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Why Do We Hiccup?

Hiccups are involuntary contractions (spasms) of the diaphragm muscle, which is the muscle that separates the chest cavity from the abdominal cavity and plays a crucial role in breathing.

In the video below, an anatomy expert walks you through how a hiccup occurs in your body.

The exact cause of hiccups is poorly understood, but several known triggers can stimulate the diaphragm muscle and cause hiccups.

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These triggers can include:

  • Eating or drinking too quickly
  • Consuming carbonated beverages
  • Eating spicy foods
  • Drinking alcohol
  • Emotional stress or excitement
  • Swallowing air while chewing gum or smoking
  • Irritation of the nerves that control the diaphragm, such as from a tumor or an infection

How Long Do Hiccups Last?

In most cases, hiccups are short-lived and go away independently within a few minutes to a few hours. However, in some cases, hiccups can last for longer periods, such as days, weeks, or even months.

If hiccups persist for more than 48 hours, it is known as persistent hiccups, and it may indicate an underlying medical condition.

Some causes of persistent hiccups can include nerve damage, gastrointestinal disorders, central nervous system disorders, or metabolic disorders.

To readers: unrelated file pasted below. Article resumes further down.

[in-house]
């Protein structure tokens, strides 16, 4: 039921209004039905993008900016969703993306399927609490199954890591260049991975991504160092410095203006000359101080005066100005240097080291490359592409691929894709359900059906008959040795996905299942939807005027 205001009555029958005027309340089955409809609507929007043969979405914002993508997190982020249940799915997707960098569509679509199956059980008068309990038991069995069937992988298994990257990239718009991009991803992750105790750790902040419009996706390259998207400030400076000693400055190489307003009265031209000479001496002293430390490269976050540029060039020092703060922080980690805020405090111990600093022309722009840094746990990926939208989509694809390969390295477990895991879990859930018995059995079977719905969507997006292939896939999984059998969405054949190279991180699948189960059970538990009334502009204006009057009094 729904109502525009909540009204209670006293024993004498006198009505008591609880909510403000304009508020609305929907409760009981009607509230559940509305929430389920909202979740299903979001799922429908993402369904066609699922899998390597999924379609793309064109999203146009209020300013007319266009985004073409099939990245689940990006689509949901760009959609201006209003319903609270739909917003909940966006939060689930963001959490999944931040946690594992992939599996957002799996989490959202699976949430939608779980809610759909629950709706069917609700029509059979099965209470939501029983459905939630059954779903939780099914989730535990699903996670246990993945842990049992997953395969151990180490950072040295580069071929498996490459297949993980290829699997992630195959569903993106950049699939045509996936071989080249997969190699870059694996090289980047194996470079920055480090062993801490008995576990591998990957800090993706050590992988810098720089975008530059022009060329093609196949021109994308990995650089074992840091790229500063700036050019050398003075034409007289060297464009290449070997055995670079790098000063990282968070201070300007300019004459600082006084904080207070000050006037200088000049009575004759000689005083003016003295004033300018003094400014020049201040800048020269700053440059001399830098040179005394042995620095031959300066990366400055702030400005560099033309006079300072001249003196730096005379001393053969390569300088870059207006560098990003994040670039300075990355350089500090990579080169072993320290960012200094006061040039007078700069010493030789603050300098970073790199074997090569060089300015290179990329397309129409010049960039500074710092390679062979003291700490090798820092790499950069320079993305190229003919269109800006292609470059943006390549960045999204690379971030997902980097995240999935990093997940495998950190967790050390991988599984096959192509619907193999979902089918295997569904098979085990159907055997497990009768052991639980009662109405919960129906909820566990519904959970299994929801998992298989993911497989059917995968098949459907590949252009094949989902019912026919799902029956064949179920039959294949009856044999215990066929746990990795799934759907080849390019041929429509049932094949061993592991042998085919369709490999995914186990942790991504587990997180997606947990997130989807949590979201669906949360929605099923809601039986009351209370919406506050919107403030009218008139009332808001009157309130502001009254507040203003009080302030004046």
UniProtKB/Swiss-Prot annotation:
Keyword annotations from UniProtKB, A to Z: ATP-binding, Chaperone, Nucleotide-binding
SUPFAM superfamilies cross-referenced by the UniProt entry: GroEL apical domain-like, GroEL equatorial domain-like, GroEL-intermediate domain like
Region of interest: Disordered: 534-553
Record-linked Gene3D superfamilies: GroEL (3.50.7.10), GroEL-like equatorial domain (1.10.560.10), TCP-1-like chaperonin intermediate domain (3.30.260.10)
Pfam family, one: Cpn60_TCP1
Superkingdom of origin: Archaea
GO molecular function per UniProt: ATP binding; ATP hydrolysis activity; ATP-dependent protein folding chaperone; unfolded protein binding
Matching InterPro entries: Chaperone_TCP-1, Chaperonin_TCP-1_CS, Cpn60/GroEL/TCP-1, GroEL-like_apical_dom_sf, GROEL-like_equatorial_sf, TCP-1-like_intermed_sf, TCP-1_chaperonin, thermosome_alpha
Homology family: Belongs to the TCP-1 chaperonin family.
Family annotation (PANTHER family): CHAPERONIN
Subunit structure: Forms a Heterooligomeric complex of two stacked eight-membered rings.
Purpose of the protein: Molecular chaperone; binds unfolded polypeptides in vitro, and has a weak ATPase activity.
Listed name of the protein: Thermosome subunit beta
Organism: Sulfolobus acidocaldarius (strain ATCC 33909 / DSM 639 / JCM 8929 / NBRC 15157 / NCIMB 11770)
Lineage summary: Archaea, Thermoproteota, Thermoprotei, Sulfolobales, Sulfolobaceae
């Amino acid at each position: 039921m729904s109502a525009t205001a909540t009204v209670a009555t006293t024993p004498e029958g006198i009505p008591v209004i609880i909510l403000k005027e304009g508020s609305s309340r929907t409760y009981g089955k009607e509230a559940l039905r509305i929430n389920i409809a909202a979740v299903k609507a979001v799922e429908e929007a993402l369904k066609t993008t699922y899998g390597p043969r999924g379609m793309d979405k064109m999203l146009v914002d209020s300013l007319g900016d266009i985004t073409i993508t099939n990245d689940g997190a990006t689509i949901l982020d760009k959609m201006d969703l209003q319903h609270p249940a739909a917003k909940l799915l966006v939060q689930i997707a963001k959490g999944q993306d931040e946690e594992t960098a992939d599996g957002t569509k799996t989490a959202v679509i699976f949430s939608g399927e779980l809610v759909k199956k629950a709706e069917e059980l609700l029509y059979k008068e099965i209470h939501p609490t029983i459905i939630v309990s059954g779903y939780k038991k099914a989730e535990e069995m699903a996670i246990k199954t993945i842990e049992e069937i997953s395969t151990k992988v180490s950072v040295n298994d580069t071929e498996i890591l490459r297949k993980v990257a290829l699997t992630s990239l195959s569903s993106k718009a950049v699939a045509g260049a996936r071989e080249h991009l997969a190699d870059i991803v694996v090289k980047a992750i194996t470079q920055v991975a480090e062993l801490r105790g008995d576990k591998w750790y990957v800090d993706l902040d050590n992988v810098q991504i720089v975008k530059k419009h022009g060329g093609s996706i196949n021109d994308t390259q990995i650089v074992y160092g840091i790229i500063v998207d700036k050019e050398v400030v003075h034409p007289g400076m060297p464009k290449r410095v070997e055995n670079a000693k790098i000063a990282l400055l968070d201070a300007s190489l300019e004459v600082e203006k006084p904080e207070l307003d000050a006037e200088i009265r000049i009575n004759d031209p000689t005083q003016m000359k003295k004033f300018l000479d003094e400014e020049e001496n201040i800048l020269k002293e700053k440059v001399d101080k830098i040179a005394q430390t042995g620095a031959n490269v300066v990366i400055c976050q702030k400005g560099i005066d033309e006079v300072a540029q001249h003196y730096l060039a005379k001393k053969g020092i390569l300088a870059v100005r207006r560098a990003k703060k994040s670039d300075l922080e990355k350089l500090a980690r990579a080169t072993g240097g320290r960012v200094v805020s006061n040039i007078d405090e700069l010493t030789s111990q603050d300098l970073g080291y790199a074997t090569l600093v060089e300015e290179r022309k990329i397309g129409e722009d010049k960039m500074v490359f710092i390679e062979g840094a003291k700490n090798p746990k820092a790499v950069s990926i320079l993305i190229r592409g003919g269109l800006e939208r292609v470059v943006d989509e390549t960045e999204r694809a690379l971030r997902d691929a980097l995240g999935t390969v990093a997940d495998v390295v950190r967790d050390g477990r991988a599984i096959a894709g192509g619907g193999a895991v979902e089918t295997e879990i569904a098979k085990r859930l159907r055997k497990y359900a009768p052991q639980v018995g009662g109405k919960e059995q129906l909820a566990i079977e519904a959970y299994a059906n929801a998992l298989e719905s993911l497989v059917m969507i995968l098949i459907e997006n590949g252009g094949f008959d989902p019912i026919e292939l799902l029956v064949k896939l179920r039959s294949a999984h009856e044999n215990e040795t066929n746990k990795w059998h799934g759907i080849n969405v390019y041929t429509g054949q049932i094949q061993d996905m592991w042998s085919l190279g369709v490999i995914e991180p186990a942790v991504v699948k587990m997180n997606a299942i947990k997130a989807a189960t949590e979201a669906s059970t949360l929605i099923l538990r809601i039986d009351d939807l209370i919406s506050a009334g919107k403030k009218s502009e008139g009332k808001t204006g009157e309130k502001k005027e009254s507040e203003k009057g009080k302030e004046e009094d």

Hiccups - Health Library | NewYork-Presbyterian

If you are experiencing persistent hiccups,  seek medical attention to determine if there is an underlying cause.

Remedies for Hiccups

There are many home remedies and techniques that may help stop hiccups. Here are a few that you can try:

  • Hold your breath: Take a deep breath and hold it for as long as you can, then exhale slowly. Repeat this several times.
  • Drink water: Take small sips of water or gargle with water.
  • Swallow granulated sugar: Place a teaspoon of sugar on the back of your tongue and let it dissolve slowly.
  • Breathe into a paper bag: Breath slowly and deeply into a small paper bag for several minutes.
  • Pull your knees up to your chest: Sit down and pull your knees up to your chest, then hug them for a few minutes.
  • Press on your diaphragm: Gently press on your diaphragm (the muscle just below your ribcage) to help it relax.
  • Have someone startle you: Have someone jump out and surprise you or give you a sudden shock, as this can sometimes stop hiccups.

In a non-mainstream fashion, here are a few other odd ways other people have found to stop hiccups.

One man noticed his wife would say something hurtful to him, which stopped his hiccups.

Another person said he asked a friend to say “[Insert your first name], I command your hiccups to begone!” and has claimed his hiccups were gone!

These methods may not work for everyone.

If your hiccups persist for an extended period, or you experience other symptoms such as vomiting or chest pain, you should seek medical attention.

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